Watch: Create a Panoramic Image
It all starts with the photos. You want to shoot a good series of images, typically from a leveled tripod. Check out this tutorial on how to shoot a panoramic image. TIP: It’s a good idea to shoot your panoramic images in portrait orientation as well because this will give you a MUCH larger image with more to look at. I did not do that with the shots for this tutorial because I want to have a smaller pano that everyone’s computers could handle assembling.
Go File>Automate>Photomerge to bring up the Photomerge dialog box. We’ll hit the “Browse” button to grab all of the JPEGs that we’re going to merge. I’m also going to choose “Auto” as my layout choice and I’ve also ticked on “Vignette Removal” and “Geometric Distortion Correction”. Hit “OK” to let Photoshop do it’s work.
Examination & Cropping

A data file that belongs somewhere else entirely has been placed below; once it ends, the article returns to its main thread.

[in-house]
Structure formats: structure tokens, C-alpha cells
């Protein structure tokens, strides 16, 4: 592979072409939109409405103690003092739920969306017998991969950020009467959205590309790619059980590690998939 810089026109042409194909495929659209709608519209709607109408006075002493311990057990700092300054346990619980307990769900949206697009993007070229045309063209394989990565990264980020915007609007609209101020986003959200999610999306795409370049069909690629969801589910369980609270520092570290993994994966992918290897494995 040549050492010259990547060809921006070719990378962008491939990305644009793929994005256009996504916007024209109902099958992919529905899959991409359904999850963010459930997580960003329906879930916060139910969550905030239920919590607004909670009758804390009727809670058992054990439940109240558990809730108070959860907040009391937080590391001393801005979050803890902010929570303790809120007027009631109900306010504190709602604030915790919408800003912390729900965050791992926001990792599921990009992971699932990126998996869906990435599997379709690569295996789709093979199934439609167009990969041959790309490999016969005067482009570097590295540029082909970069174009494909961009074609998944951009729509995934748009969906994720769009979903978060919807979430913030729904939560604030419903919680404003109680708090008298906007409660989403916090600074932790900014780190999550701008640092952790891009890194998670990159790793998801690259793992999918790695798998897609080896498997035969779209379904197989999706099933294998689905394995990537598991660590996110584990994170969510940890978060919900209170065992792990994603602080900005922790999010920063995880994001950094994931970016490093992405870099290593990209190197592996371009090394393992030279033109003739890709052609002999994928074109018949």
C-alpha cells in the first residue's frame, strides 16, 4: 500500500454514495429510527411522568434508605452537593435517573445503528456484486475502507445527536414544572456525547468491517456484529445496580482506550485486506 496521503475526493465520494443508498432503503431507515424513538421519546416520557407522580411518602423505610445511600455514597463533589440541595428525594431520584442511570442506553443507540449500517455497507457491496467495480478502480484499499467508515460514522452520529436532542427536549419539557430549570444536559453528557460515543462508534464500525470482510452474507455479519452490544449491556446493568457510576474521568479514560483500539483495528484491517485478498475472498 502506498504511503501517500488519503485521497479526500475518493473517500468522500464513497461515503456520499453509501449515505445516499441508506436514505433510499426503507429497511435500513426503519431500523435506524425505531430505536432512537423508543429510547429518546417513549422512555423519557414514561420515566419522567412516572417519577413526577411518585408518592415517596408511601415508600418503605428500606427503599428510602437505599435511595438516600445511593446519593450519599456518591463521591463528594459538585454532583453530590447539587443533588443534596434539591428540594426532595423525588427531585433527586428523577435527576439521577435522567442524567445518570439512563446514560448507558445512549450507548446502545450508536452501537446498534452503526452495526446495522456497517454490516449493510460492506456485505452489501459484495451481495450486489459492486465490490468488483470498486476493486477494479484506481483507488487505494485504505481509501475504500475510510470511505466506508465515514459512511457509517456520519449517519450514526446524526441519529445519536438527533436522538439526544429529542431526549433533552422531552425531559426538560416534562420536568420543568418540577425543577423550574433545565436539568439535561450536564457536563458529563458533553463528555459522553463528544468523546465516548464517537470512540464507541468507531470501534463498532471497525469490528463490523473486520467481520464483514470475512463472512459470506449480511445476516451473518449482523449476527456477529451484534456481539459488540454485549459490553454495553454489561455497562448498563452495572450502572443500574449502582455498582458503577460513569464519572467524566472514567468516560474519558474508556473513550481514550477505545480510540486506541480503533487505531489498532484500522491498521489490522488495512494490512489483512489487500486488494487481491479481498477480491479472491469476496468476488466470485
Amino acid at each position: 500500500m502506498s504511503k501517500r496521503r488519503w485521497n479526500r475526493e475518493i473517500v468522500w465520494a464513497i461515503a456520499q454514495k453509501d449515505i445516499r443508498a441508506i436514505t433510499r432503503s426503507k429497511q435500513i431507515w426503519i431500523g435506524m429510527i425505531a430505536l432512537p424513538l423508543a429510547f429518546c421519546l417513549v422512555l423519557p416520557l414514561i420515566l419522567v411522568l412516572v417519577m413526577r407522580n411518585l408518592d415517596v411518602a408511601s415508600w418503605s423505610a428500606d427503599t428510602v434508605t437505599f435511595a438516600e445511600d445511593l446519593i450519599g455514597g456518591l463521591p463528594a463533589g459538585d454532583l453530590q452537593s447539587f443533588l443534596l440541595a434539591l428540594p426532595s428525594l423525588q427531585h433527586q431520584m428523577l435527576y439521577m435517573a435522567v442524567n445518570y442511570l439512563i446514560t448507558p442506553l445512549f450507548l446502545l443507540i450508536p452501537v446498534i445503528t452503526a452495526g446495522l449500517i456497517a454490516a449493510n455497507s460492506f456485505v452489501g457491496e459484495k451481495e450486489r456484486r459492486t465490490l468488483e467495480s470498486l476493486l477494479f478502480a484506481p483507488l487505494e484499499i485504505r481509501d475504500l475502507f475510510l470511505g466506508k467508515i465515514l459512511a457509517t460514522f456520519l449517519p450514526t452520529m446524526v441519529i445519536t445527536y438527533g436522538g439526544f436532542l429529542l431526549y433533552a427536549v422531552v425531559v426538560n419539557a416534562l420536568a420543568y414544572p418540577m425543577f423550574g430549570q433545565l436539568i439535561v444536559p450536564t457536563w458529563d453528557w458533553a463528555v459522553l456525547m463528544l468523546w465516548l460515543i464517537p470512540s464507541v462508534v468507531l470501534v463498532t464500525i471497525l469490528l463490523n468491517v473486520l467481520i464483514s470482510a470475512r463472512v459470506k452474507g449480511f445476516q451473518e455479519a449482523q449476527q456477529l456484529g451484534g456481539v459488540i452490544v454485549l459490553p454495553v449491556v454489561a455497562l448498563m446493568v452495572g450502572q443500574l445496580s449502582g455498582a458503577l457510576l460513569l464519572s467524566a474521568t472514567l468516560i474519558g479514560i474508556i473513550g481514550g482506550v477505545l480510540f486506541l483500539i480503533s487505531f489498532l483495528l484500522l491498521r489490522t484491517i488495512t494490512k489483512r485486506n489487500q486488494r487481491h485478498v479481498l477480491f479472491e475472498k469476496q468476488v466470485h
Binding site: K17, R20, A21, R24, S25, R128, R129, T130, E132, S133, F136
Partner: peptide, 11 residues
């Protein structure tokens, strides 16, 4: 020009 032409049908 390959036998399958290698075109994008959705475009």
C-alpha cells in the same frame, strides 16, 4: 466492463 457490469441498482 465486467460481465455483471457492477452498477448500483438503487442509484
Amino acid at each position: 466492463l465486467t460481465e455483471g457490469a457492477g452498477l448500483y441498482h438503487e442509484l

You can see that we have a very wide image consisting of a layer for each frame of the photo in this panoramic image. Grab the Crop tool (C) and rotated it a little to clip away the transparent edges by dragging the transform box in from the edges.
Touching Things Up
If we check out the corners, we can see that there is some additional filling that we need to do to fill out the entire image. We want to use Content-Aware Fill to do this. We need to first merge all of these layers to a new layer for the Content-Aware Fill to work. Hit Cmd/Ctrl + Shift + Alt/Opt +E to merge all layers to a new layer. Make a small selection around any areas that need to be filled in and go Edit>Fill and choose “Content Aware” from the “Contents” drop down menu.
To heal any small markings or areas where the photo is obviously stitched together, grab the Healing Brush tool (U) (Not the “Spot Healing Brush”), and start sampling and painting away blemishes and stitch areas until you have a perfect looking panoramic image! I added a quick lomo effect via a Curves adjustment layer as well. I have a short tutorial on how to do that right here!